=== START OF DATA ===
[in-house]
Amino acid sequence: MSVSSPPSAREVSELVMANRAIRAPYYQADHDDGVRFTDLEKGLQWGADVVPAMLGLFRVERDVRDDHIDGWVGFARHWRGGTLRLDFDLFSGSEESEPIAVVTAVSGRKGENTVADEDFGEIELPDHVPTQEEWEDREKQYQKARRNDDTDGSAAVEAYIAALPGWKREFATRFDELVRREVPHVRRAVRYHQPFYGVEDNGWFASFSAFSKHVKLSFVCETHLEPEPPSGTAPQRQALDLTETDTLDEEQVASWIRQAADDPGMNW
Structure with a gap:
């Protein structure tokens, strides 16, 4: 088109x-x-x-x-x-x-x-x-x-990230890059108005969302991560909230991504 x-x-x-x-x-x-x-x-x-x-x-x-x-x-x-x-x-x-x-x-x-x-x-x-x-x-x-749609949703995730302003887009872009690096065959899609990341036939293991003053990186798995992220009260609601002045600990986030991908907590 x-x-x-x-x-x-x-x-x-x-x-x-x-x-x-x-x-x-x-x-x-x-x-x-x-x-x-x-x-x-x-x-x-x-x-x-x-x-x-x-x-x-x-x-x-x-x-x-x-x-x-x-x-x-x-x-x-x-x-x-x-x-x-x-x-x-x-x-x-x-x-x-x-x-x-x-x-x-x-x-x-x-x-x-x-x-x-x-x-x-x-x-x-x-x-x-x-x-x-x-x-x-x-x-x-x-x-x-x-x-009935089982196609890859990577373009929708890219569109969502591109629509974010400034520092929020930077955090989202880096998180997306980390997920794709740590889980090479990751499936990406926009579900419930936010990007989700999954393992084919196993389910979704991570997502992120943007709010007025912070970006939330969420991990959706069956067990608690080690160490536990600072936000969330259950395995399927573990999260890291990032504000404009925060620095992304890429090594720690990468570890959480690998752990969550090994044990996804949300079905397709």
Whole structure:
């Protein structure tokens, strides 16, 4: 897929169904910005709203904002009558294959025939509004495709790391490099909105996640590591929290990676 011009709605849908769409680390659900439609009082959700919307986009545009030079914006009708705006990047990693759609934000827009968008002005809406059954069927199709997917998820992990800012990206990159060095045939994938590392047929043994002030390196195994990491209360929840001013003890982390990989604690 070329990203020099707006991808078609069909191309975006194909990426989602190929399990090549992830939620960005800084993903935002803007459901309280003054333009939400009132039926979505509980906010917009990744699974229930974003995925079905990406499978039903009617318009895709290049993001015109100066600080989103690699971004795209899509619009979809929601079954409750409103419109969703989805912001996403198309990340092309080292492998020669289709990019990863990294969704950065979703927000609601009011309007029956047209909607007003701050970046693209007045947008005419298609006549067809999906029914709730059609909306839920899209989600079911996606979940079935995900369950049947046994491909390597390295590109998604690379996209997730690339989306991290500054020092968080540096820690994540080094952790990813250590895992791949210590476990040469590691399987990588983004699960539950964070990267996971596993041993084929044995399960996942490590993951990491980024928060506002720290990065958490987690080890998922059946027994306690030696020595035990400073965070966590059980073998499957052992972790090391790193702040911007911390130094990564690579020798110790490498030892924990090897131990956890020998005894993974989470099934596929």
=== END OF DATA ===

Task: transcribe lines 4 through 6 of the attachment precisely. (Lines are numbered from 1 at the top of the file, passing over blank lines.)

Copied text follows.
């Protein structure tokens, strides 16, 4: 088109x-x-x-x-x-x-x-x-x-990230890059108005969302991560909230991504 x-x-x-x-x-x-x-x-x-x-x-x-x-x-x-x-x-x-x-x-x-x-x-x-x-x-x-749609949703995730302003887009872009690096065959899609990341036939293991003053990186798995992220009260609601002045600990986030991908907590 x-x-x-x-x-x-x-x-x-x-x-x-x-x-x-x-x-x-x-x-x-x-x-x-x-x-x-x-x-x-x-x-x-x-x-x-x-x-x-x-x-x-x-x-x-x-x-x-x-x-x-x-x-x-x-x-x-x-x-x-x-x-x-x-x-x-x-x-x-x-x-x-x-x-x-x-x-x-x-x-x-x-x-x-x-x-x-x-x-x-x-x-x-x-x-x-x-x-x-x-x-x-x-x-x-x-x-x-x-x-009935089982196609890859990577373009929708890219569109969502591109629509974010400034520092929020930077955090989202880096998180997306980390997920794709740590889980090479990751499936990406926009579900419930936010990007989700999954393992084919196993389910979704991570997502992120943007709010007025912070970006939330969420991990959706069956067990608690080690160490536990600072936000969330259950395995399927573990999260890291990032504000404009925060620095992304890429090594720690990468570890959480690998752990969550090994044990996804949300079905397709």
Whole structure:
């Protein structure tokens, strides 16, 4: 897929169904910005709203904002009558294959025939509004495709790391490099909105996640590591929290990676 011009709605849908769409680390659900439609009082959700919307986009545009030079914006009708705006990047990693759609934000827009968008002005809406059954069927199709997917998820992990800012990206990159060095045939994938590392047929043994002030390196195994990491209360929840001013003890982390990989604690 070329990203020099707006991808078609069909191309975006194909990426989602190929399990090549992830939620960005800084993903935002803007459901309280003054333009939400009132039926979505509980906010917009990744699974229930974003995925079905990406499978039903009617318009895709290049993001015109100066600080989103690699971004795209899509619009979809929601079954409750409103419109969703989805912001996403198309990340092309080292492998020669289709990019990863990294969704950065979703927000609601009011309007029956047209909607007003701050970046693209007045947008005419298609006549067809999906029914709730059609909306839920899209989600079911996606979940079935995900369950049947046994491909390597390295590109998604690379996209997730690339989306991290500054020092968080540096820690994540080094952790990813250590895992791949210590476990040469590691399987990588983004699960539950964070990267996971596993041993084929044995399960996942490590993951990491980024928060506002720290990065958490987690080890998922059946027994306690030696020595035990400073965070966590059980073998499957052992972790090391790193702040911007911390130094990564690579020798110790490498030892924990090897131990956890020998005894993974989470099934596929």